Abilene Reporter News, June 15, 1974 : Front Page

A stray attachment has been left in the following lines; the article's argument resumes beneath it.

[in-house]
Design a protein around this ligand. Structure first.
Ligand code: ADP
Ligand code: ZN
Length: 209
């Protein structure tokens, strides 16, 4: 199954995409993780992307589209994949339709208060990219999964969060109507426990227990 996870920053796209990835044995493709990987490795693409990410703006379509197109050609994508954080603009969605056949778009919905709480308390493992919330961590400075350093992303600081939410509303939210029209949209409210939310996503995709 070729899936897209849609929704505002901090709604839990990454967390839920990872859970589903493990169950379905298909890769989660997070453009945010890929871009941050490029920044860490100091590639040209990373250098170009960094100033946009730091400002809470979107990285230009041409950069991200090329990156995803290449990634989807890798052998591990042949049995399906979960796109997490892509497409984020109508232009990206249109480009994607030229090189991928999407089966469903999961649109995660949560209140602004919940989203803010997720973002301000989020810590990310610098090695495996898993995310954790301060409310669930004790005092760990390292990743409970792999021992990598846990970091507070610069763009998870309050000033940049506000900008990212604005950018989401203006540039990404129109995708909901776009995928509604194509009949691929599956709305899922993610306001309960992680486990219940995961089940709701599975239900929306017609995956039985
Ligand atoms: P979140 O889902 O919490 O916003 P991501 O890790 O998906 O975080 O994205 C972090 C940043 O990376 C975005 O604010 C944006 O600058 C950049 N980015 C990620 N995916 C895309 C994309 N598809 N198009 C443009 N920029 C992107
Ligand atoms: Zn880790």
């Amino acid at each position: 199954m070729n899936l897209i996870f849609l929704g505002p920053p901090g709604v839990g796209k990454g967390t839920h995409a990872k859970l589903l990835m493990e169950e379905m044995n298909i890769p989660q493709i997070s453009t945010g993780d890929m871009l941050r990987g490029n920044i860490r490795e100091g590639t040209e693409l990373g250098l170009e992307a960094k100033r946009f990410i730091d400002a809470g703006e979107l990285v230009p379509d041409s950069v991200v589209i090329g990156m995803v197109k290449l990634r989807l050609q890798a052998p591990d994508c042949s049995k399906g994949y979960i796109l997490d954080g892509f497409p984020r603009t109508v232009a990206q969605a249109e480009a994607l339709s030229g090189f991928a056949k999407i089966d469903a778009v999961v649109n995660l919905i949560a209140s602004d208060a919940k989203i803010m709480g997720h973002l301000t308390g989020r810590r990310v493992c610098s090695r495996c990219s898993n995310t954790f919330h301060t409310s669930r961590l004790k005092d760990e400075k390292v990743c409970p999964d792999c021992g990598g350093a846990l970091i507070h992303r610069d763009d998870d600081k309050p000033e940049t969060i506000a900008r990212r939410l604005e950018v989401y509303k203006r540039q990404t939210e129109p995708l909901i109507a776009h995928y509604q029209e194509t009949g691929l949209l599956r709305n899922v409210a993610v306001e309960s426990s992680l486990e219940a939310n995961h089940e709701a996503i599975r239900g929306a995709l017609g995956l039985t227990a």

Publication: Abilene Reporter News June 15, 1974